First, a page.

A Dozen Responses to the Transcendental Argument for God (2 of 3)

A Dozen Responses to the Transcendental Argument for God (2 of 3) December 4, 2013

What grounds the laws of logic and mathematics? We know that they work, but why? The Transcendental Argument (TAG) says that they exist because of and are sustained by God.

I introduced the argument and explored the first responses in Part 1. Let’s continue with more responses.

6. You ask “why?” but I ask “why not?”

When we look at reality, we usually explain things in terms of more primitive laws or principles. But eventually, you come to the bottom. These elementary principles, which can’t be defined in terms of anything more fundamental, are called axioms. There aren’t many of these, but there are more than zero.

Apologists claim that they can do better than this—they rest everything on just “God did it.”

The first problem is that this is stated as a theological claim, not as evidence. Problem two is that they’ve simply replaced natural axioms with others that they prefer. There are still axioms at the bottom, so this is no improvement.

Like naturalists, apologists agree that you’ve got to stop somewhere; it’s just that their stopping point is based on nothing. It has no evidence to support it. Contrast that with the naturalists’ logical and mathematical axioms. Unlike God, these aren’t taken on faith. They’re tested continually. Why would we want to ground the one that is strongly confirmed with evidence (logic) with the one that isn’t (God)? Why demand something solid to hold up the fundamental axioms but then use faith to hold up God?

I’ll admit that “that’s just the way it is” isn’t completely satisfying, but “God did it” resolves nothing. The apologist won’t tell us why or how God exists; he just exists. This informs us as much as “fairies did it.” But if the Christian can have a fundamental assumption about reality (God), so can the naturalist (natural axioms).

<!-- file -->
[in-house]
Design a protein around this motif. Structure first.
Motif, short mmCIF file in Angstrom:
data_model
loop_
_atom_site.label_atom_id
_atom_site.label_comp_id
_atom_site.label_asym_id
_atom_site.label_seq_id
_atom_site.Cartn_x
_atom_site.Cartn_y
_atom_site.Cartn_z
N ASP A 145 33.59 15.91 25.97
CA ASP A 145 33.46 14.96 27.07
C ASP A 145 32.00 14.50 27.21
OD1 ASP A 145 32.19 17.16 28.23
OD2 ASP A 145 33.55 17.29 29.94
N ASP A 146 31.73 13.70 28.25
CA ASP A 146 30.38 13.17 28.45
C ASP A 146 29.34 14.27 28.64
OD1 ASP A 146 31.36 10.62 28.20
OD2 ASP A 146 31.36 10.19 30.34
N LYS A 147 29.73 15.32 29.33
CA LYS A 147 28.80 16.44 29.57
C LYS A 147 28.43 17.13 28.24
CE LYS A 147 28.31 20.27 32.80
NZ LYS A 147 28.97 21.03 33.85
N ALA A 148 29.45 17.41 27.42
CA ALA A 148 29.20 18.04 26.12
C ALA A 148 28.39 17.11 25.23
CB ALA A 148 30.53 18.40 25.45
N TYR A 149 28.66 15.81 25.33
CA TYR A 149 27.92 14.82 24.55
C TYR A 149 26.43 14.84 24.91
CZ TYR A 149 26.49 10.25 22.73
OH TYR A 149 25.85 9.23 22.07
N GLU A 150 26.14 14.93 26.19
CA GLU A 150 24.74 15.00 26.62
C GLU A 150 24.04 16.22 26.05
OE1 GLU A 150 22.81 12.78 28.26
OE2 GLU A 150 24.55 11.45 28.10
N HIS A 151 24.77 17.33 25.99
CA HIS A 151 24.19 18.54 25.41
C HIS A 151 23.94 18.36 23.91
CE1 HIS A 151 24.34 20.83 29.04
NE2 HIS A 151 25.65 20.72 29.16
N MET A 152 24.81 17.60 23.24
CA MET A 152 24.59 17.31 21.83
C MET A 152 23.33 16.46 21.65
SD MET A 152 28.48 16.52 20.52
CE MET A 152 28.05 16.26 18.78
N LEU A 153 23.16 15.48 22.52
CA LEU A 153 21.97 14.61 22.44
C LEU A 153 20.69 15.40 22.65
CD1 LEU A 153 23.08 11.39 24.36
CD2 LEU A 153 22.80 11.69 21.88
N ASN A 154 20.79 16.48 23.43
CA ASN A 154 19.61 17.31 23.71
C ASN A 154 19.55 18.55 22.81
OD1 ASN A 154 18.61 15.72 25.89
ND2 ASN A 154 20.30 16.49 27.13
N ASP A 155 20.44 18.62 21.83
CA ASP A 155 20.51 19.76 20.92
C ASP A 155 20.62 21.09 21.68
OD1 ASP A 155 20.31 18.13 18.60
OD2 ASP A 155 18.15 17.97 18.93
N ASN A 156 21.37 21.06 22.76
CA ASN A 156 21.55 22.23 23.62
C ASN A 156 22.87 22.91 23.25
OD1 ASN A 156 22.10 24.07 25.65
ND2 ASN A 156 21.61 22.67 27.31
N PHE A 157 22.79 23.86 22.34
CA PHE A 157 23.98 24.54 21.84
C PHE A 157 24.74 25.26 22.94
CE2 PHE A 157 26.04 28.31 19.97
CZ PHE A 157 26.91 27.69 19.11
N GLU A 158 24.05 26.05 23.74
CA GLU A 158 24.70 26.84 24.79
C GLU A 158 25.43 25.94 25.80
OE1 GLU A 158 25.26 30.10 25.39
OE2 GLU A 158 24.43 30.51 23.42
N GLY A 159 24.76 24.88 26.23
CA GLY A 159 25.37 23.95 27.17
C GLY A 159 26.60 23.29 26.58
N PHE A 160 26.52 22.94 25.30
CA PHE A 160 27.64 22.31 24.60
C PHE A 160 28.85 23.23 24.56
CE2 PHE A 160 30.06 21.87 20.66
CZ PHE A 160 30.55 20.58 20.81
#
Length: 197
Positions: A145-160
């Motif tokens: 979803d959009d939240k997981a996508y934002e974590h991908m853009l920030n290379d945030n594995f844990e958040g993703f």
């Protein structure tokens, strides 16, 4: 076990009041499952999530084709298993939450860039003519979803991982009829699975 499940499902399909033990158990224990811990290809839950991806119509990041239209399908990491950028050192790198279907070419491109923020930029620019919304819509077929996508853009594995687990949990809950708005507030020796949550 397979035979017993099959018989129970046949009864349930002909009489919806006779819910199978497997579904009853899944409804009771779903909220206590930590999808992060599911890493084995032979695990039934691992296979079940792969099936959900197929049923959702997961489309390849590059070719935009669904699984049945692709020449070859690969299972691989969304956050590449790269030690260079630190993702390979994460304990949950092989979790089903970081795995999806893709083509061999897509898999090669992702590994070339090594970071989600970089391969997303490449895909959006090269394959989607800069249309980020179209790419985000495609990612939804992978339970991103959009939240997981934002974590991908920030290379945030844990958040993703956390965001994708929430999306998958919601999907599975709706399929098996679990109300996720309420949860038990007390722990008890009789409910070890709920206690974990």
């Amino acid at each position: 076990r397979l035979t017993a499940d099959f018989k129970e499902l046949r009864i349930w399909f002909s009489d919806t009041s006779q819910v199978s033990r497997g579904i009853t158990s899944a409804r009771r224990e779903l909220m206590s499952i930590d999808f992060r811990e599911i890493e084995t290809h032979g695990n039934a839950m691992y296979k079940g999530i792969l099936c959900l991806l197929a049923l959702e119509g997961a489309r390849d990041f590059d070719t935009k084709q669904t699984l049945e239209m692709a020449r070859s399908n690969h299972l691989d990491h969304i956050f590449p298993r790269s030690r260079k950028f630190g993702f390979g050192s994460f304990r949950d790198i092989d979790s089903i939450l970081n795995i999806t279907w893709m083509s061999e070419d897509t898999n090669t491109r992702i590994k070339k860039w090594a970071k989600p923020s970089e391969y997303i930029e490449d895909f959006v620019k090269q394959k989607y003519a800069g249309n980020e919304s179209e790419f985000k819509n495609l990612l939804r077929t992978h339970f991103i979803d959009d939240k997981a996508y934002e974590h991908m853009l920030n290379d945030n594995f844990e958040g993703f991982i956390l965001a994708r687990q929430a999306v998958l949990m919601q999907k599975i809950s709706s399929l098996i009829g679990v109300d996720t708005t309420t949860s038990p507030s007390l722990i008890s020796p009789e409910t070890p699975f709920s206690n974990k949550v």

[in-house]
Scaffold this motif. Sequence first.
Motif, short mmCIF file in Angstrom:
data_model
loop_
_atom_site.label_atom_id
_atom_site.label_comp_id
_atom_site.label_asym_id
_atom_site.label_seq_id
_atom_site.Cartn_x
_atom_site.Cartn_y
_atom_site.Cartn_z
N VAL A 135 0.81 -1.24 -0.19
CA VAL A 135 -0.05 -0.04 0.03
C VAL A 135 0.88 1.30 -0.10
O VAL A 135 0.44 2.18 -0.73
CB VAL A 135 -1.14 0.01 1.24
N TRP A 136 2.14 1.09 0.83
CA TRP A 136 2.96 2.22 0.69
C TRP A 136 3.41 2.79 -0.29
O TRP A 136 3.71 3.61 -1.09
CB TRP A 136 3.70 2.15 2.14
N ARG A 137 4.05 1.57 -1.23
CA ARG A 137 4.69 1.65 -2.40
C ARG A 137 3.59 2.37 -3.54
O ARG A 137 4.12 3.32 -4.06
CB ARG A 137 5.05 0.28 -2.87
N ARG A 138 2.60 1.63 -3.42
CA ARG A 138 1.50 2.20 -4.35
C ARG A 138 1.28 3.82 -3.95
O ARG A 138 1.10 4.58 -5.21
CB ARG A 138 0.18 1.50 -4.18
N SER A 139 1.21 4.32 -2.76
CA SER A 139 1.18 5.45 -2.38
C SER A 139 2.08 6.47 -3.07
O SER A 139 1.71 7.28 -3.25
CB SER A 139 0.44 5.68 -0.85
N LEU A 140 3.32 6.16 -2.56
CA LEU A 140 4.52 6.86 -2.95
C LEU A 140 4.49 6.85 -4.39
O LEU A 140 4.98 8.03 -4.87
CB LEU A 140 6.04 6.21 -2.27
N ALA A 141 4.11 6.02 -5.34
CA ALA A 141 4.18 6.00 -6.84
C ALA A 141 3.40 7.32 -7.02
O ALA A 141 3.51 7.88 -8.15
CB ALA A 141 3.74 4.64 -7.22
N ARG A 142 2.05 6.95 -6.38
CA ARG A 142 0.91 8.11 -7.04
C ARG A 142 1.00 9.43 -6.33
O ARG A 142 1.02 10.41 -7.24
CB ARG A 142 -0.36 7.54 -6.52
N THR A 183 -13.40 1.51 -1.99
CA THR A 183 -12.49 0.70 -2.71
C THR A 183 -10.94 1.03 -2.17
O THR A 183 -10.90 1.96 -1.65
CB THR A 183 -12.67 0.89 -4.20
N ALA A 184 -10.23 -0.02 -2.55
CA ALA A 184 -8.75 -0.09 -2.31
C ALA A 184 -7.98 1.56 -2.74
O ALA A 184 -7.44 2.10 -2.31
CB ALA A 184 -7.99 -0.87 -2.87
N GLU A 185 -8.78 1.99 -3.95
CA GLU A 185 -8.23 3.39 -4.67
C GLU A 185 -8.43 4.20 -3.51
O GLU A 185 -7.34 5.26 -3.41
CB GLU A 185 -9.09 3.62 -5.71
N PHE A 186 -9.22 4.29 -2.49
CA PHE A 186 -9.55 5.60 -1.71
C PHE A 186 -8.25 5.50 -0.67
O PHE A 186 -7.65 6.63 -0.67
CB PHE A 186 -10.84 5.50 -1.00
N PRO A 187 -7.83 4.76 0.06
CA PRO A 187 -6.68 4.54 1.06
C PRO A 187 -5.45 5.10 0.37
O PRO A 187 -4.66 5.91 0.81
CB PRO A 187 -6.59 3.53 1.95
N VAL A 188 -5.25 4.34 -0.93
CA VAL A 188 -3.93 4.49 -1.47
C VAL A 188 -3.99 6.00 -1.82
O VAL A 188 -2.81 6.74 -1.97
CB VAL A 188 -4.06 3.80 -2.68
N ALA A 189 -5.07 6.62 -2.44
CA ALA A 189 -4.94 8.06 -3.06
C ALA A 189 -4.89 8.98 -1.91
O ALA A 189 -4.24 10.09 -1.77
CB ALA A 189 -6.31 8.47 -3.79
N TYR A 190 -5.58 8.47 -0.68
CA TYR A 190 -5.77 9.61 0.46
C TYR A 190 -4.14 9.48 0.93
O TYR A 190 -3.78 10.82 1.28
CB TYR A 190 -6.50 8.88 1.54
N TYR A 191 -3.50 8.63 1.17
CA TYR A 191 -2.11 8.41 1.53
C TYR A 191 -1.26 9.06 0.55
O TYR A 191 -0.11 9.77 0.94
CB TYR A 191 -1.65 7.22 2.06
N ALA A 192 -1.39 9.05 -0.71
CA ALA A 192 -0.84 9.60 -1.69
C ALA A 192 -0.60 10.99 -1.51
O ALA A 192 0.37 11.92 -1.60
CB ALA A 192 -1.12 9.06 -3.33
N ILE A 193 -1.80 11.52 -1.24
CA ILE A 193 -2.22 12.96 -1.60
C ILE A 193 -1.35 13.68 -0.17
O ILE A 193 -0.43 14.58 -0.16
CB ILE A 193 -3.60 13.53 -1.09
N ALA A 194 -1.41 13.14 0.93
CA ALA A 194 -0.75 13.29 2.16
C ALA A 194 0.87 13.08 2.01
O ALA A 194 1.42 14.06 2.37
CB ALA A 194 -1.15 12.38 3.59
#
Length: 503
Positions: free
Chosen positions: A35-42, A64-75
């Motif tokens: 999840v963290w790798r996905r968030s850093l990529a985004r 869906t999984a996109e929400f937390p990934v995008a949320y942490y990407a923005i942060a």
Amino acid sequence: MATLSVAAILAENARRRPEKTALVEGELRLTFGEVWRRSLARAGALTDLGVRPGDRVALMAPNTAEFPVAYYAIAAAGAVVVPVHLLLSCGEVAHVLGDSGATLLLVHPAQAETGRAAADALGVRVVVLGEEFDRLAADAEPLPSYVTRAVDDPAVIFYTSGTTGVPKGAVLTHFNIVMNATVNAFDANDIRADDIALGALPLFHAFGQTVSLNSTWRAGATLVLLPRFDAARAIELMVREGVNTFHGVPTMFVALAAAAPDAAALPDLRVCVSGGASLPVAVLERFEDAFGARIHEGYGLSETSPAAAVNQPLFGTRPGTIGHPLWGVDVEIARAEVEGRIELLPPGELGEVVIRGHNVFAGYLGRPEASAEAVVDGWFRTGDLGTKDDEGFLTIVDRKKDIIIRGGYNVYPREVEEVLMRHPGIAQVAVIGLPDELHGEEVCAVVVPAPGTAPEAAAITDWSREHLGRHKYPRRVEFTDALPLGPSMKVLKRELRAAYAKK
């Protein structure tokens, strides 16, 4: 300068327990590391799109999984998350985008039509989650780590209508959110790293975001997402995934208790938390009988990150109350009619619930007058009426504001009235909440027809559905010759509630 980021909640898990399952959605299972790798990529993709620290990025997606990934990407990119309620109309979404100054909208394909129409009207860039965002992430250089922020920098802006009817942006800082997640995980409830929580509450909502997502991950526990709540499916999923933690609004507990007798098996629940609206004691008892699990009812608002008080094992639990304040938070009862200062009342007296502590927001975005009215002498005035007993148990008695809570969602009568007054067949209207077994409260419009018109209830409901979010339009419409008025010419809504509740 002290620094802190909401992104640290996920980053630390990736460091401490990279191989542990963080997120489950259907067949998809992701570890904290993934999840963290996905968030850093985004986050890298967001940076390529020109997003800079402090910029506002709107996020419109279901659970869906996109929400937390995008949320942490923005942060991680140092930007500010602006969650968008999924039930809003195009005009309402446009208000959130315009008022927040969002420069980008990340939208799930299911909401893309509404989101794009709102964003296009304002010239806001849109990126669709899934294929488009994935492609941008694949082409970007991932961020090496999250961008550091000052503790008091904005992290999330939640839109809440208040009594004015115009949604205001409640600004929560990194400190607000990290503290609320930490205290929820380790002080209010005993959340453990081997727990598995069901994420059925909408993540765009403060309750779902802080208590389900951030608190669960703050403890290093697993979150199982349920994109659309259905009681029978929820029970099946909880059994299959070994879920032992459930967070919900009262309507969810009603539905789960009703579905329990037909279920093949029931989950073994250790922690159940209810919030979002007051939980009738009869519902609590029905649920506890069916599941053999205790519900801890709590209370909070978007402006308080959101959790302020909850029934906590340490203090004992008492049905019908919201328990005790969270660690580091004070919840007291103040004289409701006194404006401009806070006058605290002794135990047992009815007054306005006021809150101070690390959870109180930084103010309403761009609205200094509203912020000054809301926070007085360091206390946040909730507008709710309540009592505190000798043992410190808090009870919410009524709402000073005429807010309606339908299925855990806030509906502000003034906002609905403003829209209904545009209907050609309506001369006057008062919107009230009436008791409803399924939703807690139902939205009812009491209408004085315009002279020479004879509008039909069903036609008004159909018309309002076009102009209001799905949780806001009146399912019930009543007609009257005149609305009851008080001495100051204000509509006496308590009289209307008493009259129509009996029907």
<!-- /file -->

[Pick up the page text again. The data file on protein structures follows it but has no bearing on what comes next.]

Show me that the laws of logic are optional or different in an alternate universe. Otherwise, we can presume that the logic that we have is universal.

Let’s say instead that reality just has properties. Or: properties are a consequence of reality. A universe with zero axioms is a universe without properties. Could such a universe even exist? Is that what a godless universe would look like? I await the evidence.

(I wrote a related post about the parable of the mathematician and the theologian here. The moral: “God grounds the laws of mathematics and logic” solves no problem. It’s useless.)

7. TAG undercuts itself

Apologists jump into a TAG presentation using logic. At the end of their argument, they conclude that God exists.

But wait a minute—was that a valid argument? The apologists will certainly say so. But it was made using logic without an assumption of God! To be valid, “God exists” would have to be the conclusion, not an assumption.

The TAG proponents themselves argue that logic can be reliably used without an assumption of God.

(I believe that this is Timothy Pew’s argument.)

8. Logic needs a vessel, like a mind

One variant of TAG says that logic requires a vessel. Logic can’t be just free-floating truth but must reside in a mind. Before humans, logic must still have been in force, but what held it? God’s mind.

A popular variant of this is the argument that gravity is a ghost in the book Zen and the Art of Motorcycle Maintenance, chapter 3. Before humans, there was no mind to hold the law of gravity. It had no mass or energy. How much more nonexistent could it be?

The problem here is that gravity and the law of gravity aren’t the same thing. Before Newton, Newton’s Law of Gravity didn’t exist. But gravity did.

Similarly, you don’t need a mind for time to exist, but you do for “September” or “ten o’clock.”

And you don’t need a mind for logic to exist, but you do for the laws of logic. Gravity, time, and logic are properties of the universe, and no mind is required.

Continue with the conclusion in Part 3.

Atheism is the arrogant belief
that the entire Universe
was not created for our benefit.
— Michael Nugent

Photo credit: Wikimedia

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